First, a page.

Personal Injury Lawyer
When a driver is being reckless behind the wheel, they can end up harming others by causing a serious accident. That driver may have been distracted, speeding, talking on the phone, falling asleep, or otherwise being careless while operating a machine that weighs around 3,000-4,000 pounds. It only makes sense that this individual should be held accountable for their poor actions that jeopardize the safety of drivers next to them.
If you were recently the victim in such a car accident scenario, then you may have chosen to file a lawsuit against that driver for compensation. As your case is being handled, you may have to participate in a deposition where the opposing attorney asks you questions about what happened. Your attorney can walk you through what the deposition may be like and have you practice answering questions to prepare.
Another element of preparation should include hiring a qualified court reporter who can take an accurate and detailed transcript of the deposition, so you can refer to what was said and use that in your case.
Court Reporter Duties
Court reporters are responsible for transcribing what is said during legal proceedings so it can be used as a reference tool by all parties involved in the case. Some people may think it’s better to save money and take notes themselves. However, this can truly be detrimental to a person’s case, since the average person just doesn’t have the skills to accurately write down everything that is said verbatim.
To take this point further, court reporters actually have to go through rigorous training and must be able to type at speeds upwards of 200 words per minute, along with using unique coding in a stenographer machine with an accuracy of 95% or higher. A court reporter may use shorthand typing or a mouthpiece for voice writing when transcribing the deposition. The court reporter you hire must be able to.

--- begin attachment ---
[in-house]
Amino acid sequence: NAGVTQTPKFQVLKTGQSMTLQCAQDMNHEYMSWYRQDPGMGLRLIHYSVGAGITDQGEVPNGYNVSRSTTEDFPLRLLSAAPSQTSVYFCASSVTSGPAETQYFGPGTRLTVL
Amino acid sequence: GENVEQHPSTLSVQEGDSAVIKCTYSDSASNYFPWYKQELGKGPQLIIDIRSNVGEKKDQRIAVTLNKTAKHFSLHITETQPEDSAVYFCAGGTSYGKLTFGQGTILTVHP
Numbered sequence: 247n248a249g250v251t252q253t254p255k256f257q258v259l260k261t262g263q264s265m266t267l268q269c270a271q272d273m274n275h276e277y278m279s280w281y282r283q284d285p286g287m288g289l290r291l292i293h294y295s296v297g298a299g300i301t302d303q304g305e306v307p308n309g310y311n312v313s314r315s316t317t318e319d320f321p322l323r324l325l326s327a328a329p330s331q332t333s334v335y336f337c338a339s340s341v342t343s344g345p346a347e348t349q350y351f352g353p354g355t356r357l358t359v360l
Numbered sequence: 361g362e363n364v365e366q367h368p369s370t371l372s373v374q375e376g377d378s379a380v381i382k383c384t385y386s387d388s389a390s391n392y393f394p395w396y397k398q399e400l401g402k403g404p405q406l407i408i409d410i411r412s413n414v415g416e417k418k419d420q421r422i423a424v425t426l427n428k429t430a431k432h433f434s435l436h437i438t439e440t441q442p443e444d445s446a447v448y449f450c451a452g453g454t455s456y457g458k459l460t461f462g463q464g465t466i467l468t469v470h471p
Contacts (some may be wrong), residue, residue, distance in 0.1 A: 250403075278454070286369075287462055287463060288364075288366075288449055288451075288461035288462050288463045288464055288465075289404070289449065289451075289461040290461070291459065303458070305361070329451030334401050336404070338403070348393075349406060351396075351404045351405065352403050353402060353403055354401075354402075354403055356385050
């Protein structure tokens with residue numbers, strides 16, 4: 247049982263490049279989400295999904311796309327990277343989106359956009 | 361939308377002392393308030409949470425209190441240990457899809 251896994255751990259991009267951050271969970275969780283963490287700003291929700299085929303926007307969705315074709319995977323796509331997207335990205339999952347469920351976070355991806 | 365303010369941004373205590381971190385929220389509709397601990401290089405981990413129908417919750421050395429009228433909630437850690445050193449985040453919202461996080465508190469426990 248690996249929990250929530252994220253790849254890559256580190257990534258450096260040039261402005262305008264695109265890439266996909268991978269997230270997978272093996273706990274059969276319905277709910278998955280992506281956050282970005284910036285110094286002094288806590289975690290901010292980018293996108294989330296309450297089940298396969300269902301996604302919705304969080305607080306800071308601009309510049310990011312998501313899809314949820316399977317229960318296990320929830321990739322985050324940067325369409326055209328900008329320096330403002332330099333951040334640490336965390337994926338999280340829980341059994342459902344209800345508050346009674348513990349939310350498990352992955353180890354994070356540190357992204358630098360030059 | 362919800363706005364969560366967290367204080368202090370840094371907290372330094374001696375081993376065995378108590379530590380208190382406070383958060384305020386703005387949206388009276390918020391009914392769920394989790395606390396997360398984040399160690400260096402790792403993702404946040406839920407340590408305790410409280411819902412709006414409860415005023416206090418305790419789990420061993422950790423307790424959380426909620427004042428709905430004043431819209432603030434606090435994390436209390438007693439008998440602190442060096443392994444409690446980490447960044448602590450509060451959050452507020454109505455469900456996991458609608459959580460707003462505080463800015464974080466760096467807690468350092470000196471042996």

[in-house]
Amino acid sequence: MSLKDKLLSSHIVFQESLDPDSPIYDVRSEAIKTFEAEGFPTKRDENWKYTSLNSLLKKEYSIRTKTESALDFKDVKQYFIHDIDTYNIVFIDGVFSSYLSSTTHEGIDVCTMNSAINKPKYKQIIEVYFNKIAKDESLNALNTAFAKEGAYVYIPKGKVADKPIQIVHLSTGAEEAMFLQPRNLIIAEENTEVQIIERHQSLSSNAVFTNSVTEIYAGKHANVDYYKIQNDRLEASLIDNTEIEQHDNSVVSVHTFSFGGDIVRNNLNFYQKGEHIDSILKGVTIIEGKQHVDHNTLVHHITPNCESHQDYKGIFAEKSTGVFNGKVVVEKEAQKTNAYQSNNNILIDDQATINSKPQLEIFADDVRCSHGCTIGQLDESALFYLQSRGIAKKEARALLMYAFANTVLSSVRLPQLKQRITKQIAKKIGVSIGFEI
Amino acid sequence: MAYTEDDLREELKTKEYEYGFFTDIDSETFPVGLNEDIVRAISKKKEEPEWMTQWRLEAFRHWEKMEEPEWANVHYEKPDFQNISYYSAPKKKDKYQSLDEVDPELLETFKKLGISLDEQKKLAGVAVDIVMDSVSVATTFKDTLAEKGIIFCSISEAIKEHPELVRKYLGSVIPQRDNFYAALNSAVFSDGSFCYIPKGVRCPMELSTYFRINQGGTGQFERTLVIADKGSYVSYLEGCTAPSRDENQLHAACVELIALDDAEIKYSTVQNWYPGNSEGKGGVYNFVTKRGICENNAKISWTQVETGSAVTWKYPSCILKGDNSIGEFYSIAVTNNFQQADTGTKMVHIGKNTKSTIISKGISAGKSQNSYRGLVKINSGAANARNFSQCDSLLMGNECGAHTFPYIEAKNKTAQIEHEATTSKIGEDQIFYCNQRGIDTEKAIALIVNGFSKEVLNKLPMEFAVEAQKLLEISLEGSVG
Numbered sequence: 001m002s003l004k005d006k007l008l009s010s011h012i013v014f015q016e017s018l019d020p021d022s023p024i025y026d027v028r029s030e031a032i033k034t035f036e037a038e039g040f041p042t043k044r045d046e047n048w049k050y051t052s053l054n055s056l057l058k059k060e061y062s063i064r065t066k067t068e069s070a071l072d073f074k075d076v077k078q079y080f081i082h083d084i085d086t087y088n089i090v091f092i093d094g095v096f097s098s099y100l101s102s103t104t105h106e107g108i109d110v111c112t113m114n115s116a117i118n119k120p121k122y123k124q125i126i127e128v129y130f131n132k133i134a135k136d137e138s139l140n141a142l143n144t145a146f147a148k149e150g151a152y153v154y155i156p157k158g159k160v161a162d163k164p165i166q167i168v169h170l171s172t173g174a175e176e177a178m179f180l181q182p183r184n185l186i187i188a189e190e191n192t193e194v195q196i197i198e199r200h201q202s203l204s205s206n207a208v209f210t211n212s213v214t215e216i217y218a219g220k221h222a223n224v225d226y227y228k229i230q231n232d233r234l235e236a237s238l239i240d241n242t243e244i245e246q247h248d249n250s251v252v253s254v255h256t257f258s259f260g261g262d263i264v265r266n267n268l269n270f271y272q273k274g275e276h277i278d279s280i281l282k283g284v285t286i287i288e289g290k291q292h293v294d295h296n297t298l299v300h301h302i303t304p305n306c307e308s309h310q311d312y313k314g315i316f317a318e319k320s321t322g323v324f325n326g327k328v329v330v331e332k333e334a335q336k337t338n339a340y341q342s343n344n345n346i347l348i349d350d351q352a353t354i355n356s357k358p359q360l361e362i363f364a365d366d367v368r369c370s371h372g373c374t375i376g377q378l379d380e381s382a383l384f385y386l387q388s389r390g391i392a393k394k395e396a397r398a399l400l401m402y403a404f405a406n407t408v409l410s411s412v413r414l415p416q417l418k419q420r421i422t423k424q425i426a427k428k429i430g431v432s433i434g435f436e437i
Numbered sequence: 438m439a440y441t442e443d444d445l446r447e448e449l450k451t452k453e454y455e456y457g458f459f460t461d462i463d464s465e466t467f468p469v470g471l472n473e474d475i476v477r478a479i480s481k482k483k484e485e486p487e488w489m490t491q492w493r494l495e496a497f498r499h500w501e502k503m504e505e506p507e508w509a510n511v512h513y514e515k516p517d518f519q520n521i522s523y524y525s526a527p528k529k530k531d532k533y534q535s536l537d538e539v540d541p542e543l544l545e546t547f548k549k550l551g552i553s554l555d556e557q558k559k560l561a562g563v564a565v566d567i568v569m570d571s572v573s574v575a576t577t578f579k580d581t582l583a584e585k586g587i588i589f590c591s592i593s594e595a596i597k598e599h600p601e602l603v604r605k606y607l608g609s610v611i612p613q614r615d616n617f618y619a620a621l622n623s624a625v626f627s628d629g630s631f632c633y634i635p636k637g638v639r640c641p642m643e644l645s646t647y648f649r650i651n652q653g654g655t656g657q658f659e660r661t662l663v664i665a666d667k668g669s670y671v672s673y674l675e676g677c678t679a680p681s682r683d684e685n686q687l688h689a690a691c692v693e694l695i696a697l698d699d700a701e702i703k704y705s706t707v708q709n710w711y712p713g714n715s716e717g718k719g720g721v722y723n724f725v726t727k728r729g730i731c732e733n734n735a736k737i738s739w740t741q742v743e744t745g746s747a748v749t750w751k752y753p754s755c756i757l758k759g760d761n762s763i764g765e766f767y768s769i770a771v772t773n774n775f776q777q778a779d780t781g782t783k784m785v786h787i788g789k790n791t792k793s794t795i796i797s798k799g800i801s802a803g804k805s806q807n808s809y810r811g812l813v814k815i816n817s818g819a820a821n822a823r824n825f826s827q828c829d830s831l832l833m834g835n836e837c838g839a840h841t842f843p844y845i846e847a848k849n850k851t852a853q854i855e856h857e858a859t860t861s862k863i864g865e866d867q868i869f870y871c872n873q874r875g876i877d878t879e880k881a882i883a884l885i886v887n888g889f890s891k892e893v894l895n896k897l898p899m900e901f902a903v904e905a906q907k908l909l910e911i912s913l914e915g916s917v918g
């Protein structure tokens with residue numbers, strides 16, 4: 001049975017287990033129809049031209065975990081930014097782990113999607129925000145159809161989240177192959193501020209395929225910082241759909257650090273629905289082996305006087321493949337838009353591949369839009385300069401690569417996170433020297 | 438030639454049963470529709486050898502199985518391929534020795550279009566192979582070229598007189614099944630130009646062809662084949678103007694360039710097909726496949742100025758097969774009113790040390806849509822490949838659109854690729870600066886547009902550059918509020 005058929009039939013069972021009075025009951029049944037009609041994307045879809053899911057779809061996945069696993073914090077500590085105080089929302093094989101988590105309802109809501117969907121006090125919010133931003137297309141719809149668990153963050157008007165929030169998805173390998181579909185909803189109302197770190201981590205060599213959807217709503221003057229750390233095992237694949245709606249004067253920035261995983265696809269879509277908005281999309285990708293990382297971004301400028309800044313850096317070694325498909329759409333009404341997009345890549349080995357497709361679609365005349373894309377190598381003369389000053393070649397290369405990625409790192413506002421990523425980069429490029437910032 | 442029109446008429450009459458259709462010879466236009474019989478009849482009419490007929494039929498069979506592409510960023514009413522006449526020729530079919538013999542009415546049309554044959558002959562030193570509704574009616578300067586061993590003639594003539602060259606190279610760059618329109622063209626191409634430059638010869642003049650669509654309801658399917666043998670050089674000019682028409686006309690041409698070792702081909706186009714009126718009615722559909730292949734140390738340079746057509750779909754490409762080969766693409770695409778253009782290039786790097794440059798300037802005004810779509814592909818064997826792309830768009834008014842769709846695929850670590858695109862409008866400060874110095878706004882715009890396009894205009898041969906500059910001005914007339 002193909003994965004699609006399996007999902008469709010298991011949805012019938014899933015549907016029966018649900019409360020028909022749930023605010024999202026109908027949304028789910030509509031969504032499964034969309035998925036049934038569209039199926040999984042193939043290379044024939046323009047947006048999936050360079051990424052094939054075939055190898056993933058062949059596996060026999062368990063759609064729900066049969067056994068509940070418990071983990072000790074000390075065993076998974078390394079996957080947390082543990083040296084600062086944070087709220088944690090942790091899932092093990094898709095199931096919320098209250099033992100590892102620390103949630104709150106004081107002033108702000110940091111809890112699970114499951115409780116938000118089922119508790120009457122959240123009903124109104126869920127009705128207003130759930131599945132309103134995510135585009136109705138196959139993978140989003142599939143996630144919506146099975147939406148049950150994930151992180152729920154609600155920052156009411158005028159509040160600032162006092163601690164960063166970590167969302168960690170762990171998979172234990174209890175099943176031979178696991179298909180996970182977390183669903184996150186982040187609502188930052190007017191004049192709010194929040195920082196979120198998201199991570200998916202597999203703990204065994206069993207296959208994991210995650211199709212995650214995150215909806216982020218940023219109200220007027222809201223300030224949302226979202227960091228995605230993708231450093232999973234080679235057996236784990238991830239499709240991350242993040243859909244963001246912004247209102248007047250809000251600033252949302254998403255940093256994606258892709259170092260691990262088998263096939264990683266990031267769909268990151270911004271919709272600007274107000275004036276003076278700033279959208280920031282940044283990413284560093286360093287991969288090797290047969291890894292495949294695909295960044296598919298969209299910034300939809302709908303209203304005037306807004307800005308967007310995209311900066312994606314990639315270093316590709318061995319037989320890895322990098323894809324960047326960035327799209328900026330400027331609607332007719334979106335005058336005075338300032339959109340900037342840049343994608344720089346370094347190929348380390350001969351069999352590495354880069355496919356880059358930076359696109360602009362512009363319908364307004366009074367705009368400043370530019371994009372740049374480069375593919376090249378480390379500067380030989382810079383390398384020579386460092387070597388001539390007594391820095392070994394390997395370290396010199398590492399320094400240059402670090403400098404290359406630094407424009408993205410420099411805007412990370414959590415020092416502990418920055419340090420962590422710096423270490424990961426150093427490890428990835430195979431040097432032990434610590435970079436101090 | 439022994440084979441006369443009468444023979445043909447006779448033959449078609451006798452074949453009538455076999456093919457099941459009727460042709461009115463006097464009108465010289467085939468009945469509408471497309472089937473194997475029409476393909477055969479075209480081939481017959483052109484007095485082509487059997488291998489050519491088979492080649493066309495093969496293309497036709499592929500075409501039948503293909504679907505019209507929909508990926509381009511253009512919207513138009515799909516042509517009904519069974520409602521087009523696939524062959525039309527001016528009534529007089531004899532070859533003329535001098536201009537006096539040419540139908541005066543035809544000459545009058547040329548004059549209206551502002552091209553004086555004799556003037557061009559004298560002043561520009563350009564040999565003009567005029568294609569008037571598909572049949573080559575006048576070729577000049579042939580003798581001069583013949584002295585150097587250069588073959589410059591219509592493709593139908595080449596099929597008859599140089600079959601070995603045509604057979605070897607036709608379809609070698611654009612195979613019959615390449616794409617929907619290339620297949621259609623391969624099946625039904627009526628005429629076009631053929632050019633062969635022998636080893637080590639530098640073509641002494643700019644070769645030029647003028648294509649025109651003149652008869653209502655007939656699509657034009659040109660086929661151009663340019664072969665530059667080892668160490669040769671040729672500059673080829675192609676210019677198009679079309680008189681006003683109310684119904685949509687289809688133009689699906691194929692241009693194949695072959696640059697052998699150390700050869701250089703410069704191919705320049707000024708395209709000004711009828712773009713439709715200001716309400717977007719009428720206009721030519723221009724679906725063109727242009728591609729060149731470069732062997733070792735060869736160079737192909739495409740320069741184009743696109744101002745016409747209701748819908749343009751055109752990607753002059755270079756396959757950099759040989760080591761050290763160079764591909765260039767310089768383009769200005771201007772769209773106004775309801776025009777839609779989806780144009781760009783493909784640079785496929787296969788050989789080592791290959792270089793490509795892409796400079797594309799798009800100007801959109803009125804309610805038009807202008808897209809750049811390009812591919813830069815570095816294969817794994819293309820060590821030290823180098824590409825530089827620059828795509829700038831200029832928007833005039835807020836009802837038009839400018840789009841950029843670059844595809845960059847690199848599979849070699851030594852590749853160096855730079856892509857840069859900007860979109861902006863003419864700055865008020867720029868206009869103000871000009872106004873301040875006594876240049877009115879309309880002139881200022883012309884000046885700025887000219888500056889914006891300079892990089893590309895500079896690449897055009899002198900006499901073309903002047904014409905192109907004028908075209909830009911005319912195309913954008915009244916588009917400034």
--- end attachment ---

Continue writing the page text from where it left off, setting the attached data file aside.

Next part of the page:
- Read previous statements from the transcript during the deposition when requested by either attorney
- Transcribe what is said in the deposition verbatim
- File the transcript with country clerk in a reasonably timely manner
- Create transcripts based on standardized formatting
- Have extensive knowledge of legal terminology
- Concentrate, focus, and sit in one place for extended periods of time
Rules To Follow During Deposition
It is important to remember that you are under oath during the deposition, even if it isn’t being held in the courtroom. Depositions may be held in the court reporter’s office, attorney’s office, or conference room. All questions asked and every word state in response will be recorded by the court reporter. Be sure to answer verbally to every question asked, as the court reporter may not be able to transcribe a head nod, shrug, etc. If you do not understand the question being asked of you, you can have the opposing attorney ask you in a different way for clarification. You will have a chance to receive a copy of the transcript deposition and then work with your attorney to use the information to strengthen your case.